People with type 2 diabetes should be closely monitored to avoid developing liver disease, researchers behind a study of 18 million people have urged.

Liver cirrhosis and liver cancer can be identified late, often at advanced stages, and those with type 2 diabetes and liver disease are more than twice as likely to develop an aggressive form of the disease, according to the findings of a European study.

While people with diabetes face an increased risk of complications, maintaining healthy blood glucose levels, eating a real-food diet and getting regular physical activity can delay or in some cases even prevent complications developing.

A team of researchers led by Queen Mary University of London and the University of Glasgow made the conclusions after combing through the health records of 18 million adults living in UK, Netherlands, Spain and Italy.

They were looking for cases of non-alcoholic fatty liver disease (NAFLD), which is the most common cause of liver disease globally. NAFLD is also linked to greater risks of obesity and type 2 diabetes.

NAFLD is not always detected in its early stages, leading to many people going undiagnosed. The condition is benign at an early stage, but one in six people go on to get non-alcoholic steatohepatitis (NASH), a more aggressive stage of the disease. NASH can lead to injury of the liver, scarring and potentially cirrhosis as well as liver failure and in some cases liver cancer. Picking up NAFLD early ensures people who develop NASH can be treated early to improve outcomes.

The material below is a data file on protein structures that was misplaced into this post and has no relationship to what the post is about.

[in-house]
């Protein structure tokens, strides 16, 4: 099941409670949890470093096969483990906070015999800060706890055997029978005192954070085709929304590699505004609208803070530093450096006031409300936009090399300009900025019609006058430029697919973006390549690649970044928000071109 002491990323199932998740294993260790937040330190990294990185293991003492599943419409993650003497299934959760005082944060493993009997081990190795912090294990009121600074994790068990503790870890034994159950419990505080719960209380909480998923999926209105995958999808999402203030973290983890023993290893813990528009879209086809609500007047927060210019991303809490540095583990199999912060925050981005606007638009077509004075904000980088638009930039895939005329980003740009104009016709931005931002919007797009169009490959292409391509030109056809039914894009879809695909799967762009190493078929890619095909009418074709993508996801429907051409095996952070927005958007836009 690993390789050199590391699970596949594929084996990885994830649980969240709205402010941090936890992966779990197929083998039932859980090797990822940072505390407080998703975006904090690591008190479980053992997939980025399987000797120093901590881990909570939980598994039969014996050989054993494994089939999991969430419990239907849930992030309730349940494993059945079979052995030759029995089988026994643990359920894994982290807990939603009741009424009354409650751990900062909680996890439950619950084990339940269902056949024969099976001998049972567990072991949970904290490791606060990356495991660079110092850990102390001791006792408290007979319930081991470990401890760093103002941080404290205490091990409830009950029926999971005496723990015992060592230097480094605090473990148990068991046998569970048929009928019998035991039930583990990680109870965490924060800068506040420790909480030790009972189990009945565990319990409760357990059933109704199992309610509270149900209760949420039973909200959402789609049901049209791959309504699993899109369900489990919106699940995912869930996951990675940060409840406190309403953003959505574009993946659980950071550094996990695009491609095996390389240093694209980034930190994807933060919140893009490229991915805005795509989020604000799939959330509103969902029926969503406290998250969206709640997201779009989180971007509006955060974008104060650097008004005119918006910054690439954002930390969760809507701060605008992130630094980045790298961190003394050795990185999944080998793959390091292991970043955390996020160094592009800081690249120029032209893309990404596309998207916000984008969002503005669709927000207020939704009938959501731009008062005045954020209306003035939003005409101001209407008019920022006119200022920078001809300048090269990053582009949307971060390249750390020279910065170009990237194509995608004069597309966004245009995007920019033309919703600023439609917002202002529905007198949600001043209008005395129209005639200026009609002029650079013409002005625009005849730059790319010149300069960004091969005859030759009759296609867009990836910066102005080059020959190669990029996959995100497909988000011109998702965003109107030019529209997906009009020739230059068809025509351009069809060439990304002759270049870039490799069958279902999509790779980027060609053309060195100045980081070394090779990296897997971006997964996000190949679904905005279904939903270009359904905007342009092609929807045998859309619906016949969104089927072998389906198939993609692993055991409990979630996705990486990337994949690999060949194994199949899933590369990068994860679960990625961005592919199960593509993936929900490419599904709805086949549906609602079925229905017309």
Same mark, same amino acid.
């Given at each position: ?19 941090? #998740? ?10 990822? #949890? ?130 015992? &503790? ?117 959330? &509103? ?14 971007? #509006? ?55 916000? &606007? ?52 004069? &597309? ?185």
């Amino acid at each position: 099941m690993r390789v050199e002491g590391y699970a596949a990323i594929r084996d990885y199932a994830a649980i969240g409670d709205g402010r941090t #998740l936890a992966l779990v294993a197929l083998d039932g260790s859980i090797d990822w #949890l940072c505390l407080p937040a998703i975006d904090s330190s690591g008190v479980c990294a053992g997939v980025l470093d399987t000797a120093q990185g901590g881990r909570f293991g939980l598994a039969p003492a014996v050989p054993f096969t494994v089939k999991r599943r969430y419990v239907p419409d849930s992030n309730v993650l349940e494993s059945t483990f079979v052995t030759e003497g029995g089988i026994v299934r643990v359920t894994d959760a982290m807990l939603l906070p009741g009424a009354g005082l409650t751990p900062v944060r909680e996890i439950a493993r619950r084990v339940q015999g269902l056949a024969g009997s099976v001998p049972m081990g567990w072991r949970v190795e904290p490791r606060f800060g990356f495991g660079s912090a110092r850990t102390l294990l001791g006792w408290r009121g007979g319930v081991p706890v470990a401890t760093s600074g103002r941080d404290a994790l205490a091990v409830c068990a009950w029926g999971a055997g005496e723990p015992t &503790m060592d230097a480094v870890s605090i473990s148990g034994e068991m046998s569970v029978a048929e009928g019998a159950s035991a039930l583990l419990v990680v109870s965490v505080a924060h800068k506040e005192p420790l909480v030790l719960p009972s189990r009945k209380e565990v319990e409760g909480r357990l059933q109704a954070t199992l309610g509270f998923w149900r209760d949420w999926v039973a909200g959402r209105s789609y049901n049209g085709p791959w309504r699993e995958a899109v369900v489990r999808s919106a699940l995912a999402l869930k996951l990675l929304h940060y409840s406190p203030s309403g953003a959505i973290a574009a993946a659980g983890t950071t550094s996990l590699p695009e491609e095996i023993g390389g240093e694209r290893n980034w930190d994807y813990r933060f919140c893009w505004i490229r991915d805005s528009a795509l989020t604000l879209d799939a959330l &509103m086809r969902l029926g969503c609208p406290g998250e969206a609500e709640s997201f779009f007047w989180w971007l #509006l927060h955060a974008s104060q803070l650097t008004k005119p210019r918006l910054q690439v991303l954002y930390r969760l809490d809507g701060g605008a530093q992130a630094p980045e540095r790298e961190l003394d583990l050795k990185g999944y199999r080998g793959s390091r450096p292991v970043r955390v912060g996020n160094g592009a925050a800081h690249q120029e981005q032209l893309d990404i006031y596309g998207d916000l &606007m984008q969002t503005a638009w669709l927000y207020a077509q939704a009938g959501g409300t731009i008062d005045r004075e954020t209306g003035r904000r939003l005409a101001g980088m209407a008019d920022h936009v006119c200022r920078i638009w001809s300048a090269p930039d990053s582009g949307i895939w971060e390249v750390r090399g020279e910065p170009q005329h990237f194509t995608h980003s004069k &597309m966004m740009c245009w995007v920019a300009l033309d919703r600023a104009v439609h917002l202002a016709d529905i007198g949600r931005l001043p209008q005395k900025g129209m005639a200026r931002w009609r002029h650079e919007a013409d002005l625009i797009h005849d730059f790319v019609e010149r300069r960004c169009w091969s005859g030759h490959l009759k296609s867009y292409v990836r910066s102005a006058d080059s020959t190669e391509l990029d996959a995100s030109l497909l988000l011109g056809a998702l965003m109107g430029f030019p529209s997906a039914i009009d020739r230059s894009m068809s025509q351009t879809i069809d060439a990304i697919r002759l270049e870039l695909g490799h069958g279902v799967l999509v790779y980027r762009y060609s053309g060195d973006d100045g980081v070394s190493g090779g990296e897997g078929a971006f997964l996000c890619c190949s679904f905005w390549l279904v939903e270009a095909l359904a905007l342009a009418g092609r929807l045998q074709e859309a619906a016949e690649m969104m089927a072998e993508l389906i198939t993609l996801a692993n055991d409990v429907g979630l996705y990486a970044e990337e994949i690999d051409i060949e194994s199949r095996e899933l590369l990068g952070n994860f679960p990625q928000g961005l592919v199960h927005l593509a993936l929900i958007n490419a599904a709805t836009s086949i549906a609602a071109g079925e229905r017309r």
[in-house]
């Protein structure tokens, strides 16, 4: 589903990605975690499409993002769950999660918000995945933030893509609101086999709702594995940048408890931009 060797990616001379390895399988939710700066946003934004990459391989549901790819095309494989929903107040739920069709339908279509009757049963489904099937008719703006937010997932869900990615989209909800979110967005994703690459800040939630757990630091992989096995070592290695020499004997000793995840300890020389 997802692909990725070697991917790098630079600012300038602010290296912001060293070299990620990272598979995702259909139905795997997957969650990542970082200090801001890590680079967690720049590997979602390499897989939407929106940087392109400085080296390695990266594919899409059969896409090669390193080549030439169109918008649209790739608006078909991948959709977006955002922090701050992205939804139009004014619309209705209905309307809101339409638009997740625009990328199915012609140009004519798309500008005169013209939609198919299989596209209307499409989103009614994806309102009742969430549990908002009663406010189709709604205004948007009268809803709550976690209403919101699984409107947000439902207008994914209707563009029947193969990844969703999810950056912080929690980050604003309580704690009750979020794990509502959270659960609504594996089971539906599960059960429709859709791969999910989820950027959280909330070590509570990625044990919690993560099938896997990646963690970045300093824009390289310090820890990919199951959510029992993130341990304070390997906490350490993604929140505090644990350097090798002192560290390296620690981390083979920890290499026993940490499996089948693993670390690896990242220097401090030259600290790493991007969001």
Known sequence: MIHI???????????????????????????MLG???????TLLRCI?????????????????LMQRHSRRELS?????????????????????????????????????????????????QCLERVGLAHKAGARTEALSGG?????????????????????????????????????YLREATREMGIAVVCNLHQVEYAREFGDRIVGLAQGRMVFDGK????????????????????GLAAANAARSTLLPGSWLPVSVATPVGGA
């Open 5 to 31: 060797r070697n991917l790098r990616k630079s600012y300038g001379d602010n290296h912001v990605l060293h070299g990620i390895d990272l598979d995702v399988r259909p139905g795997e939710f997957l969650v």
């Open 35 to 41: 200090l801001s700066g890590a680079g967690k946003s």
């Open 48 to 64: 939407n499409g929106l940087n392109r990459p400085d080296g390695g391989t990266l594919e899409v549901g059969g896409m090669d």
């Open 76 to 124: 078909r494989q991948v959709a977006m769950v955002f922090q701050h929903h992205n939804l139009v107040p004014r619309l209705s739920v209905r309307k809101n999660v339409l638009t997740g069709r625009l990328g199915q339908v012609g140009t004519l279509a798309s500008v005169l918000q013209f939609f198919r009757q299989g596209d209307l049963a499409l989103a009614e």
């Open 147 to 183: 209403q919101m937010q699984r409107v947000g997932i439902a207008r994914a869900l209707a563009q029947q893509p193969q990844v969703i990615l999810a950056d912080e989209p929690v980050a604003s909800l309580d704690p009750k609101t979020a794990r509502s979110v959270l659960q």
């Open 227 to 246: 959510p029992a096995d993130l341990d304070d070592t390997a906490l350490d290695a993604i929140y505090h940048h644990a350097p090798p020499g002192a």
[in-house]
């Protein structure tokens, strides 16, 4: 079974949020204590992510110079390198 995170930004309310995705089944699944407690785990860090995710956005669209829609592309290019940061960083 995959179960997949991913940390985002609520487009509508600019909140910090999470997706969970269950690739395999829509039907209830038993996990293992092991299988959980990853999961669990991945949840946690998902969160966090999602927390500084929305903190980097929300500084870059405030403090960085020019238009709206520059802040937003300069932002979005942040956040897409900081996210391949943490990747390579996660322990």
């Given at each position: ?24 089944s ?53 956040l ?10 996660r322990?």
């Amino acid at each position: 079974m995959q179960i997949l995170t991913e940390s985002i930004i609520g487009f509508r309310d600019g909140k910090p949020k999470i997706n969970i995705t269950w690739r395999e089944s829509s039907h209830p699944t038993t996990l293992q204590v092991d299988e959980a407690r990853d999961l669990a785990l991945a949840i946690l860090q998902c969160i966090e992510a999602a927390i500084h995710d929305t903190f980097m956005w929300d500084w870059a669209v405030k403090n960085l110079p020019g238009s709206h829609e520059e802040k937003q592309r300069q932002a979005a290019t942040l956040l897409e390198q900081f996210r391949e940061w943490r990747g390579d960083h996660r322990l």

In this study, the research team identified people with NAFLD and then compared them to 100 people without a recorded diagnosis, seeing who went on to liver cirrhosis and liver cancer over a period of time.

Over 136,000 people with NAFLD/NASH were picked up, and people who had type 2 diabetes and NAFLD/NASH were more than twice as likely to develop aggressive liver disease.

According to the findings, people with NAFLD/NASH who went on to develop life-threatening liver disease did so at an average of 3.3 years after diagnosis, although this may be down to a late diagnosis rather than a speedy rate of disease progression.

Dr William Alazawi, who was the lead researcher, said: “The public, doctors and policy makers need to be aware of this silent disease and strategies need to be put in place to tackle the root causes and avoid progression to life-threatening stages.

“People living with [type 2] diabetes are at increased risk of more advanced, life threatening stages of disease, suggesting that we should be focusing our efforts in educating and preventing liver disease in diabetes patients.”

The research was published in the journal BMC Medicine and was funded by the European Union as well as the Medical Research Council.

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